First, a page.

Answer: Meredith’s now an expert at both.
I know what you’re thinking: knitting and running? Those are two activities you don’t see paired together too often. I mean, when’s the last time you spotted your grandma running 26 miles?
However, Meredith Parmalee (Northeastern University International Business major, senior, and recent marathon conqueror) saw potential in the paradoxical activities, and took to the New York City streets a few weeks ago decked in running shoes and yarn-in-arm.
The NYC Marathon is an annual event coursing through five boroughs in New York City. Each year, runners and attendees hail from all over the US to put their training to good use and cheer on their friends and family. It is the largest marathon in the world, with tens of thousands of runners participating each year.
This year, Meredith stood out from the rest. Not only did she run the NYC Marathon, but she knit a 22-foot scarf along the way.
July of last year, Meredith was stationed at her second co-op (for all you non-Northeastern readers, that means that she was working full time for a semester while in undergrad at NEU) in Madrid, Spain. She worked in the marketing department of We Are Knitters, a knitting company in the city that made knitting supplies and various knitting kits. One day, while doing some marketing research, she came across a man who was notorious for knitting and running a marathon simultaneously. Meredith was intrigued, and joked the next day at work that she’d do it—of course, never thinking it’d actually happen.
But then, with the encouragement of her co-workers, she came up with an idea. She could do it; and for charity, too. Her grandmother had taught her to knit when she was a child, and while on co-op, her knitting skills got a little more serious. So she had the first half of it down. Suddenly inspired, she laced up her sneakers and attempted the feat of knitting and running at the same time. After the first mile, she was pretty winded. As you might have guessed, the activities don’t exactly mesh as easily as one might have hoped. However, Meredith remained motivated and found a team to train with.
She decided that she would train with Team in Training, a team perfect for Marathon newbies that raises money for The Leukemia & Lymphoma Society. With her fundraising in mind and team at her back, she began going on training runs.
Meredith embarked on a 16-week marathon training plan, bringing yarn with her all the while. She maneuvered it by wrapping the yarn around her wrist and completing a finger knit pattern, holding the knit scarf underneath her arm. The knitting did limit her mobility considerably, but she knew it was nothing her training couldn’t fix.
With her co-op ending in mid-August and her return to the states mid-training, Meredith continued to raise awareness for her cause.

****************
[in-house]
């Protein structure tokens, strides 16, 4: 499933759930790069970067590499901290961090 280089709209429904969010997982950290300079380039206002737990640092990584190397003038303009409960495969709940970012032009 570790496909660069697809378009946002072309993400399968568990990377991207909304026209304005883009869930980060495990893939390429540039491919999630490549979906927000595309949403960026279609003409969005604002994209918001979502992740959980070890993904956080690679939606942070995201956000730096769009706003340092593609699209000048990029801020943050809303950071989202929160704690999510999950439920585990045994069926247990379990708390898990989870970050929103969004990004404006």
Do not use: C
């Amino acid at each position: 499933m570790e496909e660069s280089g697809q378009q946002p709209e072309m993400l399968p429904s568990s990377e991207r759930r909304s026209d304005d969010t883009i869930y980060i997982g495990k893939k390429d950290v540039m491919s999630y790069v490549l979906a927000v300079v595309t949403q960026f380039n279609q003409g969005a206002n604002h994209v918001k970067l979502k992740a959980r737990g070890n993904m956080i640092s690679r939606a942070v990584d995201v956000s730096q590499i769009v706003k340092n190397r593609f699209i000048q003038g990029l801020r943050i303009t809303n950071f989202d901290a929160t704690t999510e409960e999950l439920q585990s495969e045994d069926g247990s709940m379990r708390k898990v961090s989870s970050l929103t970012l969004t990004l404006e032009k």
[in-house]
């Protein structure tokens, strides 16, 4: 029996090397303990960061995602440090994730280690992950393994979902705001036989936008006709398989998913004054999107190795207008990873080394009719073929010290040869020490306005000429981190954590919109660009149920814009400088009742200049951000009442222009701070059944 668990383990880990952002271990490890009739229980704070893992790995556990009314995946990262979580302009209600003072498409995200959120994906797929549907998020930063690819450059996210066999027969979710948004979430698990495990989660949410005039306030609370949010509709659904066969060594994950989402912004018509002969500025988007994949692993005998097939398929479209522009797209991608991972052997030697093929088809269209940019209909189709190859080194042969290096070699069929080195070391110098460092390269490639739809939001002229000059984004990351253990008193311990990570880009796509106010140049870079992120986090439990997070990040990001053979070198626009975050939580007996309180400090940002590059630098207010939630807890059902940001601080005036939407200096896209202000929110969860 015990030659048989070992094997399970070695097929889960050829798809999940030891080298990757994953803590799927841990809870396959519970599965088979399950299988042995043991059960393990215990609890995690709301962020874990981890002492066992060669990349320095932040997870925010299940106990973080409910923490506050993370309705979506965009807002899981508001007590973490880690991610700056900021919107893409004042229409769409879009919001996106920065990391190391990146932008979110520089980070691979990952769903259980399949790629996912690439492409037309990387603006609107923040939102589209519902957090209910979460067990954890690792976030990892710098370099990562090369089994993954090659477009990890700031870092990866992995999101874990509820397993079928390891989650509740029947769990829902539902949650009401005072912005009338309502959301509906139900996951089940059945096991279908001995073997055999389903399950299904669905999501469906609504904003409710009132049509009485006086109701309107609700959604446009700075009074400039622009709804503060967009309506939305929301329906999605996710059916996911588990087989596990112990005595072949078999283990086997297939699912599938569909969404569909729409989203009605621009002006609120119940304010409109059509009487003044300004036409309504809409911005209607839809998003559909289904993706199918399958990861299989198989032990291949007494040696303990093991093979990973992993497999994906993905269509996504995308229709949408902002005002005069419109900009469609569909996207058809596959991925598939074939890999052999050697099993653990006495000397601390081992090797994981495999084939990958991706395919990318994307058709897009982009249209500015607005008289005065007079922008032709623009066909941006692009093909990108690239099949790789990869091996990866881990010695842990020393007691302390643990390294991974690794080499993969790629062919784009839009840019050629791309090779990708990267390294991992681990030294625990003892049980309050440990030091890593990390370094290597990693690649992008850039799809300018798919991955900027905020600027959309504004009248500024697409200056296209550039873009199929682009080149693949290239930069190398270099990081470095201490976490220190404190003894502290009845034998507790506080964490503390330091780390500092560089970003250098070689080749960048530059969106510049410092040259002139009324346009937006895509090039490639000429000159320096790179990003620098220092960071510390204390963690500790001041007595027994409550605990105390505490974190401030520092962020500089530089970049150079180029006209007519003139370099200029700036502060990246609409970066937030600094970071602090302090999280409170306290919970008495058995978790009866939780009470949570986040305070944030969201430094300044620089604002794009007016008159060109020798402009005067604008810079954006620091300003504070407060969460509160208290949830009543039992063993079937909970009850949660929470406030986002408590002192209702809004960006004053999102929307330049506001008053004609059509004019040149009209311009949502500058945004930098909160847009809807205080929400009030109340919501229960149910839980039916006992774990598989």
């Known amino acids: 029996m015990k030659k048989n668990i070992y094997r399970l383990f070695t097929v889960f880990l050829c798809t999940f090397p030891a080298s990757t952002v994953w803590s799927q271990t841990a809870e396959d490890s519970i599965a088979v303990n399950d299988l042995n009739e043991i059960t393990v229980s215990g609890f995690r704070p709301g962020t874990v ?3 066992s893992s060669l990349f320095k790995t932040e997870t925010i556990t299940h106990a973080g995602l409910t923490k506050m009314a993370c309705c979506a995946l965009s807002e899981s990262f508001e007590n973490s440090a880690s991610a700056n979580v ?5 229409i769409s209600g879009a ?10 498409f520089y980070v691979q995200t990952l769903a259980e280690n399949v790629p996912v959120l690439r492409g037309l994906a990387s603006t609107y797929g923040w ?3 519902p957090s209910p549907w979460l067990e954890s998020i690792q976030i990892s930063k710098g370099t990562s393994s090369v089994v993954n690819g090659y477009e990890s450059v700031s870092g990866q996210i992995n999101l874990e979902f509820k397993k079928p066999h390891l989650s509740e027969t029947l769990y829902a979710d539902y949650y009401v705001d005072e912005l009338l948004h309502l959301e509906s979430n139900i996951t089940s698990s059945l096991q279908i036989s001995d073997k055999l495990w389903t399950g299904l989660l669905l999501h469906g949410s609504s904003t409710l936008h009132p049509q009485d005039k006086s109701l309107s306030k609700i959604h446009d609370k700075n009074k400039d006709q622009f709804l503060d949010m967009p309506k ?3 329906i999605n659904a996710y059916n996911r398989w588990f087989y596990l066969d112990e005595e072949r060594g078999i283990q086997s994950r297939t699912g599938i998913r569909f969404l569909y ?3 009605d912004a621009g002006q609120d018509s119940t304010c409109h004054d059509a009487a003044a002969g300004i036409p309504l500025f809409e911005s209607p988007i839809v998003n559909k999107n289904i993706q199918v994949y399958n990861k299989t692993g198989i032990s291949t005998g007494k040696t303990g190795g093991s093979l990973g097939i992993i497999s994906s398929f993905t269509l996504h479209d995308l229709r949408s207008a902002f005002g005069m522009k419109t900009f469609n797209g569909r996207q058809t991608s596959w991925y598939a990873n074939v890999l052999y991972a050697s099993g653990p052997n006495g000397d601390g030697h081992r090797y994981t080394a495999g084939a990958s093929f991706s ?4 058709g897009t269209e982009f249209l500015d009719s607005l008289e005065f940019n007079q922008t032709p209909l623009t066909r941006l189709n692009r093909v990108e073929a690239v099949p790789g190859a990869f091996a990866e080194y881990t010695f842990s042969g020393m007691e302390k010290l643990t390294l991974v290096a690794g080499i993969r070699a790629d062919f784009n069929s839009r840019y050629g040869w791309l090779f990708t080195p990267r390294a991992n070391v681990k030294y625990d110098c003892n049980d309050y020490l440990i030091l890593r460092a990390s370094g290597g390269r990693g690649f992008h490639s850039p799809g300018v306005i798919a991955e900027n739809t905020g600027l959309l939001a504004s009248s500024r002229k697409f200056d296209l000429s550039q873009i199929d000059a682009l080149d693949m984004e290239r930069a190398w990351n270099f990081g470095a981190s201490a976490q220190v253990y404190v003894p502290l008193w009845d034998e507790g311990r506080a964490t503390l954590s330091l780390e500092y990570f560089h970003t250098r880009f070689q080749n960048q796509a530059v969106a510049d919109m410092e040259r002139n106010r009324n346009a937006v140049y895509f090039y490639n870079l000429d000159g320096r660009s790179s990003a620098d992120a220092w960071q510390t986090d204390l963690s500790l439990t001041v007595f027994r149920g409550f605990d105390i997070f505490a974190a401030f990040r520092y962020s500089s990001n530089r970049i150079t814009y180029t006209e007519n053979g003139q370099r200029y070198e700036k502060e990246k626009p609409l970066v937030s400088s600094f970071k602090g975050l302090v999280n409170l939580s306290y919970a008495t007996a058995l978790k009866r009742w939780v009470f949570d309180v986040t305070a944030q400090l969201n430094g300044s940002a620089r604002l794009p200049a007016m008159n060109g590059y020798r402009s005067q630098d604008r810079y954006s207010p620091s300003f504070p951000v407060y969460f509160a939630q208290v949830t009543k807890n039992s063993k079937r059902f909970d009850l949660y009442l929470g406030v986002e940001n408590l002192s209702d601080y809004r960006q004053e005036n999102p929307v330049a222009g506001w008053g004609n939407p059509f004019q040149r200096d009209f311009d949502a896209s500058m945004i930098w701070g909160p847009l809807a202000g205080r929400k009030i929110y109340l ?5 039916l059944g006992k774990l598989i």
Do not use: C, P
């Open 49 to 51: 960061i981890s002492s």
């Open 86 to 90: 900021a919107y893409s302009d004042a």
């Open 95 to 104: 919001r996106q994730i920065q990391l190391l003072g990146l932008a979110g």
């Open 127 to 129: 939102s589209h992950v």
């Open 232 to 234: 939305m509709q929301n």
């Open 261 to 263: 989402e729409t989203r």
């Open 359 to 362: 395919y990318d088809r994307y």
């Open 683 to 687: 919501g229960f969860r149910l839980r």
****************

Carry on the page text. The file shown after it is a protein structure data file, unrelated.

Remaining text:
Back in Boston, classes started to take up a good portion of her time. Beginning her last semester of undergrad, Meredith says that this last stretch of training was the hardest part. She went on her long runs before her 9:15 AM class and over the weekend when she had the most time. However, it was still her senior year, and her friends wanted to go out on weekends. Motivated still, Meredith cut back on drinking and going to bars over the weekend and worked hard to fit in her training, despite the temptation to go out – not to mention, also having to study. Though it was an adjustment, Meredith says she had a great support system at her back the entire time.
“I’d run 3 half marathons, 5 k’s, 10 k’s, and cross country; but I didn’t think I could do it,” Meredith confessed. But with her friends and family’s support, she continued to train for her run. “There’s no end to what you can do,” she said. “And I surprised myself in how much I could physically do with training!”
Flash forward to Sunday, November 1st. Race day. “I didn’t know what to expect,” Meredith said. “I didn’t know what people would think, or if people would say anything.”
Meredith’s wave left at 11am. Before the start, there was a lot of waiting around, which can really work on the nerves. But the sense of community Meredith found at the race lifted her spirits. “Everyone has his or her own story for doing it [running a marathon],” she explained. “There’s a whole community I didn’t even know existed.”
Meredith had quite the community to support her efforts at the race as well. Her co-workers traveled from Spain to support her, cheering enthusiastically from the sidelines and waiting at mile 16 with replacement yarn when she ran out. From what she told us, it sounds like an awesome time; people took selfies with her running with her yarn and shouted things like “Make me a sweater!” from the raucous surrounding crowds. “It was such a good experience!” she professed.
The scarf may have been bulky, but she says it ended up even serving as a helpful distraction from the pain in her legs. “Some people listen to music while they run—I knit!”
Overall, Meredith explains, it was a hugely rewarding endeavor. “Maybe in a couple of weeks when my legs heal,” she said, “I’ll decide to do it again, but in a different city.”
Before training, Meredith admits that at times, she hadn’t always had this ambitious mindset. She thought, “No, I can’t do that. I can never do a full marathon—those people are crazy.” But the doubts we tell ourselves aren’t always so accurate. She did it, and she’s got the scarf and the medal to prove it.
If Meredith’s story tells us anything, it’s in the power of motivation and believing in yourself. If you persist and keeping working towards your goal, there’s no limit to what you can achieve.
Wanna try your take at knitting and running? Check out this video where Meredith explains her technique: